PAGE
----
This week, ministers will lay out the specifics of who would be qualified to become a Scottish citizen after independence.
On Thursday, the Scottish Government will publish the fifth prospectus paper for independence, which will describe who will automatically qualify and how others can apply.
In addition, it will outline proposals for a Scottish passport and the provision of consular assistance for Scottish citizens travelling, living or working abroad.
Migrants’ rights, freedom of movement, and fairer fees to apply for citizenship are also expected to be discussed within the paper, which will be launched by First Minister Humza Yousaf and Minister for Independence Jamie Hepburn.
Hepburn said: “As an independent nation, Scotland would have the opportunity to redefine what it means to be a citizen of this country, building on our inclusive national identity and sense of collective purpose.
“Independence would also enable us to take a fairer and more welcoming approach to citizenship to make it easier for those who have made Scotland their home to settle here permanently, helping to grow our population and support our communities and public services.
“The proposals in this paper explain how we plan to achieve these aims, on the way to re-joining the European Union as an independent nation, and I look forward to setting them out with the First Minister on Thursday.”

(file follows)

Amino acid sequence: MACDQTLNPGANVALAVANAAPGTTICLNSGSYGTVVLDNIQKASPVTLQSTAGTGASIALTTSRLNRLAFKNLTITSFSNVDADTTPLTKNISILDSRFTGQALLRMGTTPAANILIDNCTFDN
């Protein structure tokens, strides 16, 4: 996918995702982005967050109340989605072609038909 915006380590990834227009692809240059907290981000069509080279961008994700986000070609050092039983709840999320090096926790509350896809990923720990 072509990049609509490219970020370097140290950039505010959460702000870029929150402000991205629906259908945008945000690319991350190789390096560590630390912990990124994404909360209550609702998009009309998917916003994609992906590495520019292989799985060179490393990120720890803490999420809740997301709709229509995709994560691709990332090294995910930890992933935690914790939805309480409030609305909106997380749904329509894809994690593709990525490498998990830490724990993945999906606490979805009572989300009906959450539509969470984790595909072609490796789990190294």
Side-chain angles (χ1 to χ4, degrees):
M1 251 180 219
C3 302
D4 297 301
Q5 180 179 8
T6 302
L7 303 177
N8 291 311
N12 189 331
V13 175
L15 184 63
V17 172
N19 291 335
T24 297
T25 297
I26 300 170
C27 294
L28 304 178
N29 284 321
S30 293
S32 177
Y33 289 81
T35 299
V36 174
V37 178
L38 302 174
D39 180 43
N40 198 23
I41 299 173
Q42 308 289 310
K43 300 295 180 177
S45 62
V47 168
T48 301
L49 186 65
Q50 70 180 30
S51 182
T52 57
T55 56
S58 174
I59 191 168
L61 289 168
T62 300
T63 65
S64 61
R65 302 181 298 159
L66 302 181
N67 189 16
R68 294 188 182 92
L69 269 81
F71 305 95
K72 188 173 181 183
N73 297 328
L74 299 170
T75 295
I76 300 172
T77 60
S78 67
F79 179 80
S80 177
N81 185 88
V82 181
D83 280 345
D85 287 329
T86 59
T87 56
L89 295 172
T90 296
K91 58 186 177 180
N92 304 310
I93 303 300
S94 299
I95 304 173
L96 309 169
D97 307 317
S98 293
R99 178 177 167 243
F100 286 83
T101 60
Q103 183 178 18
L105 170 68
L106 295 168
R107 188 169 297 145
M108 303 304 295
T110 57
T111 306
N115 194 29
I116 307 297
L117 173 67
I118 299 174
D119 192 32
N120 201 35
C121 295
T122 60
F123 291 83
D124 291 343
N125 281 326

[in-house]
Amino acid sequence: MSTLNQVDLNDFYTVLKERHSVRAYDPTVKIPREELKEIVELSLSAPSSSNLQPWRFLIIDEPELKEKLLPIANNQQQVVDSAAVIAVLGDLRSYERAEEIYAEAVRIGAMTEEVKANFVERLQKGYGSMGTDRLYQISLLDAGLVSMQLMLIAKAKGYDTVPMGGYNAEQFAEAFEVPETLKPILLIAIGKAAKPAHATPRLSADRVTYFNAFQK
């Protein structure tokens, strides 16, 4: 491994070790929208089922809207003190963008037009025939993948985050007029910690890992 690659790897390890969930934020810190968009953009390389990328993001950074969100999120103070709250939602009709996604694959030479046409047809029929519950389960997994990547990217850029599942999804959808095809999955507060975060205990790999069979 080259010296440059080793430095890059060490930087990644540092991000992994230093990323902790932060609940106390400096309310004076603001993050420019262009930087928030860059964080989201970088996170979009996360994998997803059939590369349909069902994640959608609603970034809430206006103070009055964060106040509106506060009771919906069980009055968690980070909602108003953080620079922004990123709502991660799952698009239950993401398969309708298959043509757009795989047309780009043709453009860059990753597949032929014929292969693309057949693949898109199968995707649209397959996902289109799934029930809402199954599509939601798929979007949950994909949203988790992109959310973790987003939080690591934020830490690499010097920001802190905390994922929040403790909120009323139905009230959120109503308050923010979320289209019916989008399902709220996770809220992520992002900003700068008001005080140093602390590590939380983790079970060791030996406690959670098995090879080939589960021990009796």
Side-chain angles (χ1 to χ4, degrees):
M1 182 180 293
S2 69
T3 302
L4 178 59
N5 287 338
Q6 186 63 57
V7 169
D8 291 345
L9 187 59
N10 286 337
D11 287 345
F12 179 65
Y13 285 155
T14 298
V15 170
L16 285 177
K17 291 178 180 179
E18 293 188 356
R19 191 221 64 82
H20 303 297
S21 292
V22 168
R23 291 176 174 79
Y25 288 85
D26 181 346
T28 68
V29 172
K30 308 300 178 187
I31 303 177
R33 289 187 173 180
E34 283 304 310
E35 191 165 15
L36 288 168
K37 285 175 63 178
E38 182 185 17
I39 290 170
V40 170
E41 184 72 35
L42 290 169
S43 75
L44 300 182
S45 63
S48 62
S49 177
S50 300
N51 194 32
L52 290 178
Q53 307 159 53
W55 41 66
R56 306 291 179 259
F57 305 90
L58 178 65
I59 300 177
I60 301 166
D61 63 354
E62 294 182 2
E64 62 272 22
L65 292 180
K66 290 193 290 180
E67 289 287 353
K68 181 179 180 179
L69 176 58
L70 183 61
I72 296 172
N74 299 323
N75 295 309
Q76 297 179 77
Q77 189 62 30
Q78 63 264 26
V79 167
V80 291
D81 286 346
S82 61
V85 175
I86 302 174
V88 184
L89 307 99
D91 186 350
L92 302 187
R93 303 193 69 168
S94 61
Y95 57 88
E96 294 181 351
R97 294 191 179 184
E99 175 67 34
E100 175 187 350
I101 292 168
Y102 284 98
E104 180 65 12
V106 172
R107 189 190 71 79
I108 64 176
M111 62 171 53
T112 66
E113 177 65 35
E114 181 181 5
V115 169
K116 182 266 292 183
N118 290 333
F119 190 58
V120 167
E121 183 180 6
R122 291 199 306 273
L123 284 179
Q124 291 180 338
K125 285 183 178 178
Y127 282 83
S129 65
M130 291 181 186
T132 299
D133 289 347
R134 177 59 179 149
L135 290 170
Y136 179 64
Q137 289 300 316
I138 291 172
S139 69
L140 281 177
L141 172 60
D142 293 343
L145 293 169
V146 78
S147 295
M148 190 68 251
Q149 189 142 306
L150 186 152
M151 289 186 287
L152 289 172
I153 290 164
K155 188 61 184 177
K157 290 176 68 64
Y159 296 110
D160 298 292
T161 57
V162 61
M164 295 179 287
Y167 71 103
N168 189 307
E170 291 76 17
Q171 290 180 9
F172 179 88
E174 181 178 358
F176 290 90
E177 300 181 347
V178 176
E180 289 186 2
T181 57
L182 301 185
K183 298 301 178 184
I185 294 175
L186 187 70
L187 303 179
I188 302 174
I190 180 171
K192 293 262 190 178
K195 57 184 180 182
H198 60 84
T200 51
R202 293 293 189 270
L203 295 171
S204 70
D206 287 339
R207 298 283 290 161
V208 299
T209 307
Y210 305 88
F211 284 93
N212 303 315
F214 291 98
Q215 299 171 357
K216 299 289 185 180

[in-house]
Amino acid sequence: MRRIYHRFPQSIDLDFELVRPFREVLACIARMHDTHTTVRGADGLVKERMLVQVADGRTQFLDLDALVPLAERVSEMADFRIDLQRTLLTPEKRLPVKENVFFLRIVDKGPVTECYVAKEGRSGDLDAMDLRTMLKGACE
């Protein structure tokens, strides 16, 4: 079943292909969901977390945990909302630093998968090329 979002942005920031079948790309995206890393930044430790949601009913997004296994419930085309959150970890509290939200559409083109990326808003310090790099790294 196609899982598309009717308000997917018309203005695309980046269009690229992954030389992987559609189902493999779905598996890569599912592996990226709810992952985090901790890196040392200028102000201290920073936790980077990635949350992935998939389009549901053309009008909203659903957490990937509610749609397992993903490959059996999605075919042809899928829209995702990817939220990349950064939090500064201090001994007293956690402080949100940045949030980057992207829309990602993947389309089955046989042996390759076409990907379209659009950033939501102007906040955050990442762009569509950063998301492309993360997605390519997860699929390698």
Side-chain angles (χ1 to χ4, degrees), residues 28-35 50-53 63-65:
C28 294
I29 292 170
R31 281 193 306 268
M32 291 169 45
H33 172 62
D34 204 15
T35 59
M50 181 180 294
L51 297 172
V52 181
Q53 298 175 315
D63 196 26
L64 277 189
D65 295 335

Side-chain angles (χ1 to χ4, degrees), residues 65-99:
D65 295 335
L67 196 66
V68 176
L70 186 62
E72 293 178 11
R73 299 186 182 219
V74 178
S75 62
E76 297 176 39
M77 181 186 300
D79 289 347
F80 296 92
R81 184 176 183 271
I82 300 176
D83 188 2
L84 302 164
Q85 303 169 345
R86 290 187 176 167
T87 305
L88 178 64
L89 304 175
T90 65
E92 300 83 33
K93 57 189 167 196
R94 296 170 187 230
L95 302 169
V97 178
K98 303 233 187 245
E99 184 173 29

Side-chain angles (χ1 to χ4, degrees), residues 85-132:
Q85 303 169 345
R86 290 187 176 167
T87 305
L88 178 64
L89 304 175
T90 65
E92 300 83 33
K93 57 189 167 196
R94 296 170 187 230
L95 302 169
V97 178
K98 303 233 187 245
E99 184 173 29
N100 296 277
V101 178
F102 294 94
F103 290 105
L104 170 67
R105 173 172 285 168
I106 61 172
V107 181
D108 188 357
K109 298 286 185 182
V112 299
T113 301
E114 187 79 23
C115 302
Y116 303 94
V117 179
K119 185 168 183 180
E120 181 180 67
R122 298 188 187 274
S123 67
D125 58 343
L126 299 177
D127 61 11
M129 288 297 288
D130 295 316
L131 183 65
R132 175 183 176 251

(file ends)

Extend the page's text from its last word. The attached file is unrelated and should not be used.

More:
The last independence paper, which focused on plans for a written constitution in an independent Scotland, stated there would be a “an inclusive and welcoming approach to the entitlement to Scottish citizenship”.
It said: “The interim constitution would grant Scottish citizenship to all British citizens living in Scotland at the point of independence and to all British citizens who were born in Scotland.
“There would also be a simple process for other British citizens with a close and enduring connection to Scotland to register as a Scottish citizen. Rules would be clearly set out to allow nationals of other countries to become Scottish citizens if they chose.”
In May, Scotland’s most senior official John Paul Marks defended the involvement of the civil service in drawing up the prospectus after UK Government ministers questioned the “constitutional propriety” of his team taking orders from Hepburn.
The first paper in the “Building a New Scotland” series, published in June last year and launched by then First Minister Nicola Sturgeon, focused on making the argument that Scotland is being held back by being in the Union, using examples of similarly sized countries around the world that outperform the UK on a variety of measures.
It was followed by a publication which focused on the subject of renewing democracy through independence, making the case for exiting the Union on the basis that Westminster “is eroding and constraining Scotland’s democracy” and arguing that devolution was insufficient to tackle this challenge.
The third paper outlined economic and currency plans.